Sounds good. Tough. Clear.
Zero common sense.
Not so good.
The Payson School Board had an interesting debate this week on the subject of the weapons ban on the Payson High School Campus. High school principal Brian Mabb has a no-nonsense, zero tolerance policy: Bring a weapon to school, he’ll call the cops — maybe slap on a nice felony and a suspension to teach you a lesson.
Sounds righteous: Protect our kids.
Oh, well, gee, said a couple of school board members.
How about a nail file with a little blade left by mistake in your backpack?
How about a plastic knife from the school cafeteria?
How about a kid who spent the weekend hunting with his dad and left his pocket knife in his, well, pocket?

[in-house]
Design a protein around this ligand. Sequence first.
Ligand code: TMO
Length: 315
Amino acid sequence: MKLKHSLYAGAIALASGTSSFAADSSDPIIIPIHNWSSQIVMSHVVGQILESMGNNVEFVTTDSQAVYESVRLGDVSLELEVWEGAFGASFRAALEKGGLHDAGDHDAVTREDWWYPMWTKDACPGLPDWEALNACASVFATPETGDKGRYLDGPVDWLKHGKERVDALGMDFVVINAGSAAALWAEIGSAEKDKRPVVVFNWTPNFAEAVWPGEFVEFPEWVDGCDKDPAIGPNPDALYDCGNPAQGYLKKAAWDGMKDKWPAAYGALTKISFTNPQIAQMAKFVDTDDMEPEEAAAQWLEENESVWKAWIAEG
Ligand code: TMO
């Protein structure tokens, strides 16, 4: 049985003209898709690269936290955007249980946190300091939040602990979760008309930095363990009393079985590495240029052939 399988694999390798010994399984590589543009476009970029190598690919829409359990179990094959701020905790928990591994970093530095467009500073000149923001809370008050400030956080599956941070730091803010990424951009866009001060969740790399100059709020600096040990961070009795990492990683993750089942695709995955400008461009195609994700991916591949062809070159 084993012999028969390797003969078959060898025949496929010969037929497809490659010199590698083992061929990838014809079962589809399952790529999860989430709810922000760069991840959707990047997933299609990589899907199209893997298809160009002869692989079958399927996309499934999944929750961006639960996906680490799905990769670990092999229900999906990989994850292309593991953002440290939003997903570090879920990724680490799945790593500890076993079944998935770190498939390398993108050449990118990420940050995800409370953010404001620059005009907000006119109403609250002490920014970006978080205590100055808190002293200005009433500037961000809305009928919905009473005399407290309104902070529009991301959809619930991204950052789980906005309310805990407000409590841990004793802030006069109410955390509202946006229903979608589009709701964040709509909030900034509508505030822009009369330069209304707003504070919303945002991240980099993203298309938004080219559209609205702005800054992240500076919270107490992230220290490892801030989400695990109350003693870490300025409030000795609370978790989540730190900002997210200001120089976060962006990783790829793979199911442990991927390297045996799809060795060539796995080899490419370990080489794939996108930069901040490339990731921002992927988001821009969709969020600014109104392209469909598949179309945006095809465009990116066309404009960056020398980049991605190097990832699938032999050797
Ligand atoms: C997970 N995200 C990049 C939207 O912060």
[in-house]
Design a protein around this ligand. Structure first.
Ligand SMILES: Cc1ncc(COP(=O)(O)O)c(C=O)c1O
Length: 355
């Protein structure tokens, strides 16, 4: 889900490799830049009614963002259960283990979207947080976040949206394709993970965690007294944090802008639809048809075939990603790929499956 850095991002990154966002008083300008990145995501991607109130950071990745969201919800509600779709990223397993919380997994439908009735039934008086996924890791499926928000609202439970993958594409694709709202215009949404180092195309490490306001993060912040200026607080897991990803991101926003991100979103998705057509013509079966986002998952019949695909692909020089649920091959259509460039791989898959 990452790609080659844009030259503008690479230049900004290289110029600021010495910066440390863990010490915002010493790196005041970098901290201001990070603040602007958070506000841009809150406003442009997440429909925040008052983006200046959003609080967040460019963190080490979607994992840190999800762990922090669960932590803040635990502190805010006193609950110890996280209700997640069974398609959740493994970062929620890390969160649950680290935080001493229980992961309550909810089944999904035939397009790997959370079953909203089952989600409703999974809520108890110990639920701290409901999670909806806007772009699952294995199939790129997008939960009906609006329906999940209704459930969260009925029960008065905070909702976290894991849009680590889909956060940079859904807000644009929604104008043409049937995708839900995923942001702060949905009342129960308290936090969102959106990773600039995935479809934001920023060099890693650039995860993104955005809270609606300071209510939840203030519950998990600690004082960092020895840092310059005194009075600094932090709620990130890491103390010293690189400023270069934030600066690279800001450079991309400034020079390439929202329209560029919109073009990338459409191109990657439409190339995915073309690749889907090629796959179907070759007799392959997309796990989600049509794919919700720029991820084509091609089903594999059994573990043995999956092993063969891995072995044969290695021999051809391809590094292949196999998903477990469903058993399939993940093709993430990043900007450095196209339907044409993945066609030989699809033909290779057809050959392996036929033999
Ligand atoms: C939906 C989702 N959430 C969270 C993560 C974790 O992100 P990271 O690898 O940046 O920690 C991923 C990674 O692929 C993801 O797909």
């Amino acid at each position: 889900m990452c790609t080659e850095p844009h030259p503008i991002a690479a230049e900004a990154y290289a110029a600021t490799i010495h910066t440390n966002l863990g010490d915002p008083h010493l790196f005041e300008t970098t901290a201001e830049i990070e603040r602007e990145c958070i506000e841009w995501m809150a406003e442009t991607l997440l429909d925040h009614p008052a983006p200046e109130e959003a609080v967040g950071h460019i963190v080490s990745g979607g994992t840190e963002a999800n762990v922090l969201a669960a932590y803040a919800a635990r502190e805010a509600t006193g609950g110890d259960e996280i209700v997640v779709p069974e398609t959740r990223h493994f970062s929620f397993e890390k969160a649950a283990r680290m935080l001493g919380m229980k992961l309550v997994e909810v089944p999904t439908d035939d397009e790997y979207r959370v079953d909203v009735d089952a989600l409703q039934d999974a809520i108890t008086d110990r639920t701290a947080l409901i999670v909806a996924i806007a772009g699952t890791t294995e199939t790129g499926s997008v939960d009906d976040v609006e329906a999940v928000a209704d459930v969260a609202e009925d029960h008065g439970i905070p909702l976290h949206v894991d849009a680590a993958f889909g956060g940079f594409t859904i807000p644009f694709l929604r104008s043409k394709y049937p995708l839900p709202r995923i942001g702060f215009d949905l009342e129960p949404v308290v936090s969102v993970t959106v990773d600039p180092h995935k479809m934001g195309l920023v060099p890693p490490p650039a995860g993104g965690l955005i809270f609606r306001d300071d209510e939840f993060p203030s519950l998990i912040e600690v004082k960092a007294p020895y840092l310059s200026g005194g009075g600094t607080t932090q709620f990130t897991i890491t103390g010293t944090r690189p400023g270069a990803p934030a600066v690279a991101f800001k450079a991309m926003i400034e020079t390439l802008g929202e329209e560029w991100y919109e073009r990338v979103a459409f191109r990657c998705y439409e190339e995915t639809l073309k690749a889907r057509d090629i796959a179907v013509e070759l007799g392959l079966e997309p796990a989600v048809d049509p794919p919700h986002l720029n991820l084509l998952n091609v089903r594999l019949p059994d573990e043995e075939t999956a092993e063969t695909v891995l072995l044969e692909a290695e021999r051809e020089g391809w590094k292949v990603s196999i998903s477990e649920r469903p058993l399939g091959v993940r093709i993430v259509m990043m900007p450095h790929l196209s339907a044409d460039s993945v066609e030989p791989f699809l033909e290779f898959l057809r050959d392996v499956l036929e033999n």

Good questions, one and all.
Here’s the deal: The rules exist to protect the kids and promote learning. They don’t have their own weight and purpose. They must serve the students.
So, certainly, making it absolutely clear to kids that they cannot bring weapons of any sort onto campus — great goal. And maybe sometimes you have to make an example of some knucklehead to get the word out.
But at some point — common sense has got to come into play. It makes no sense at all to ruin some kid’s life with a police report and a felony and a suspension because he put a plastic cafeteria knife in his lunch sack or forgot and left his fishing knife in the trunk of his car. Intention does matter — and so do the consequences. Good kids make dumb mistakes — even careless ones. Don’t wreck a kid’s life for the sake of the rule — when the purpose of the rule is to protect that self-same kid.
Of course, the district continues to operate in the deep shadow of state rules and regulations — which often lack even a whiff of common sense.
Still, we’re glad the school board’s paying attention — and asking good questions.
We hope the administration’s listening.